Other sections take place in the present and so we are treated to the biases and prejudices of modern Einsteinian physics. Even in these contemporary sections other scientific opinions are presented, not merely to be laughed at, as is so common in much of Science Fiction, rather they are explored as viable alternatives, as any utilization of the oft quoted but even more often maligned “scientific method” would require. The exploration of the nature of space and time, and especially the accurate portrayal of the subtle considerations on the problem of Variable Light Speed and Quantized Red-Shifts are well integrated into the story and compelling.
Eifelheim is another installment in the curiously well-populated sub-genre of Religious Science Fiction where Sci-Fi authors—who are exemplary students of the human condition despite being materialists—delve into the conspicuous human, and completely foreign, need for reverence to a higher power. Other note-worthy examples of religious-themed Sci-Fi: A Canticle for Leibowitz by Walter M. Miller Jr., The Sparrow by Maria Doria Russell, Calculating God by Robert J. Sawyer, A Case of Conscience by James Blish, and Gene Wolfe’s The Book of the Long Sun.
Anthony Heald gives a portrayal that is well-nigh flawless, handling geeky female scientists, fourteenth-century Catholic priests, and insectoid aliens with equal aplomb.
This is another title that I acquired based solely on the recommendations of Audible reviewers. I am, once again, in their debt. Eifelheim was my first exposure to the fiction of Michael Flynn. I think his work warrants further investigation.
Told as a series of long recollections of the exploits of two unconventional, and therefore unexpected and well-suited, black ops agents; this book is like a classic WWII movie. The story is exciting and feels so right that you will want it to be true. As a lover of history I found this to be a rousing adventure and so well produced that its scenes were playing in my mind’s eye like a matinee news reel all the while I was going about my daily routine. This is what I am always seeking in an audiobook.
Dick Hill has a great voice for WWII stories. I had recently listened to his rendition of BROTHERS IN BATTLE, BEST OF FRIENDS and was impressed at his ability to deliver distinct voices for two very similar personalities in that book. In BLACK CROSS he really gets to stretch his vocal cords; giving voice to a variety of characters, both male and female, and from a broad spectrum of dialects.
Thanks to all my fellow Audible book reviewers who took the time to recommend this book. Your altruistic efforts caused me to listen to this book and my life is more full and more enjoyable because of it.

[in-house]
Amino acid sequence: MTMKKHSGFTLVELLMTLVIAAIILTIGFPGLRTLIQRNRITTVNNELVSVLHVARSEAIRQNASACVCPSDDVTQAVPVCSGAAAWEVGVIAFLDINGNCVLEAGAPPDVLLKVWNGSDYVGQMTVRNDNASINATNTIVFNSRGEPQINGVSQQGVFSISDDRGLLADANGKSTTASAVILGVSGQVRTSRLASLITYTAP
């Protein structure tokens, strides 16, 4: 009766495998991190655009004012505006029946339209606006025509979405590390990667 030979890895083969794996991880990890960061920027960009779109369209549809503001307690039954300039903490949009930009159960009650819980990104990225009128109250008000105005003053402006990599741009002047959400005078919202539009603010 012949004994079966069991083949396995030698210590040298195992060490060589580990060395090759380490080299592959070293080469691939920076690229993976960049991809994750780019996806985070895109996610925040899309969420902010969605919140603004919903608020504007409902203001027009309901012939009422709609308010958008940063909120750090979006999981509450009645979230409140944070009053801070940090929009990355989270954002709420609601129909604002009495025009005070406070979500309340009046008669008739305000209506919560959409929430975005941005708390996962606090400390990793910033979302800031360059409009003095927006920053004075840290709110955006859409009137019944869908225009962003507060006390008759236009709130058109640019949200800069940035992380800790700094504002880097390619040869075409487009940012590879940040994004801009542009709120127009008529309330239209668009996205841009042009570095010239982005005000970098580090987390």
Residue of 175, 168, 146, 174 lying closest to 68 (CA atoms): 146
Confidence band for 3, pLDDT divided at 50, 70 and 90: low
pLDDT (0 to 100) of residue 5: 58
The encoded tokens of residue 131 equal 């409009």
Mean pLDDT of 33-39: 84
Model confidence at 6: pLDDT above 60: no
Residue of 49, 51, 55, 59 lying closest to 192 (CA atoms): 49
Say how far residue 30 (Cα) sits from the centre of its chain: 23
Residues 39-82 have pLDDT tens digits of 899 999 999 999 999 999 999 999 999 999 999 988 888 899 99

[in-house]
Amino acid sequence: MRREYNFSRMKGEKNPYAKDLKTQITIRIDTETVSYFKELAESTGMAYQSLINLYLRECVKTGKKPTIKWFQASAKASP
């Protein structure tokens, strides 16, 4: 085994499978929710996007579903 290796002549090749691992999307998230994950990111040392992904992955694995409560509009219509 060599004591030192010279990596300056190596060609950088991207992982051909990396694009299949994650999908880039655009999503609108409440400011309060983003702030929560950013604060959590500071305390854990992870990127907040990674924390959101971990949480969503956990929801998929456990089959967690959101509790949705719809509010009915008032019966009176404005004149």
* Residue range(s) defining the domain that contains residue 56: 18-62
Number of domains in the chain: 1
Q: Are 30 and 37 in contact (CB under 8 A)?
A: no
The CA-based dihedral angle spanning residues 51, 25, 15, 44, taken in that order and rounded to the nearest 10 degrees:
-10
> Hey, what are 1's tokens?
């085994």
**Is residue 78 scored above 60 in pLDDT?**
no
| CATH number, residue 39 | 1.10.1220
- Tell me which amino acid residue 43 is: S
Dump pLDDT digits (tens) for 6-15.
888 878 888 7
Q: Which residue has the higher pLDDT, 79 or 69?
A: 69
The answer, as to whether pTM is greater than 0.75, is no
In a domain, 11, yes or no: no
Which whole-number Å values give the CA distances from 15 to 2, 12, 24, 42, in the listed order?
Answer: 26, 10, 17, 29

I tackled this book as preparation for Wouk’s lengthy THE WINDS OF WAR and the even longer WAR AND REMEMBRANCE, of which I am hoping great things, having been enthralled by the television mini-series of the same name. I was amazed at the well-rounded and fully fleshed out characters. None of them are larger than life hero types, but are realistic: self-doubting at times, overconfident at others. These characters make for engaging reading. The book follows the life journey of just a few central characters and is so authentic that I began to care about them. So, when things begin to turn sour the listener is so invested that empathy is assured. Every event the characters go through becomes a crisis. Every injustice, a tragedy. This is a truly grand story filled by real people.
The book is narrated by Kevin Pariseau who is truly marvel. He handles salty sea dogs and lounge singers with equal mastery. His performance is dramatic without being intrusive, always appropriate, enhancing this already excellent book.
This book has a dream-like quality to it—but I am not saying that as an endorsement. Just as a dream is a Technicolor mélange of disjointed episodes that one struggles to fit together upon waking; this novel is elusive and seems to always be just out of reach. I admire the prose style of Pynchon in the same way that I enjoy the words of William Gibson in NECROMANCER. It has an edgy, detached quality to it; one that does not encourage emotional attachment. This book, however has less going on to hold my interest than does the aforementioned cyber-punk classic. No cool characters, no sense-of-wonder to make me marvel at the inventiveness of the fictional invention. What tipped the book against me, I think, was the excessive and emotionally uninvolved over-utilization of explicit sex scenes throughout. These scenes are spaced regularly in the novel, as if they are supposed to fit into some larger story arc. I could not find the interconnection so they just came off as crude assaults on my thought process with no redeeming social value. George Guidall has a fine pleasant voice and allowed me to hand in with this book for six hours before punching out.
There is a strange appeal to stories like this; stories that expose the dark underbelly of society. It is somehow fascinating to peek into the violent world of organized crime. I listened to this book after I had already watched the first two movies, so my opinion was already partially formed. The first “book” of the novel was nearly identical to the first movie and, even without Brando, Pachino, Duval and Caan, this is an enthralling story. After this initial sequence the novel expands greatly upon the back-story and we get to know, if not to love, Vito Corleone and the other Siclian Underworld figures.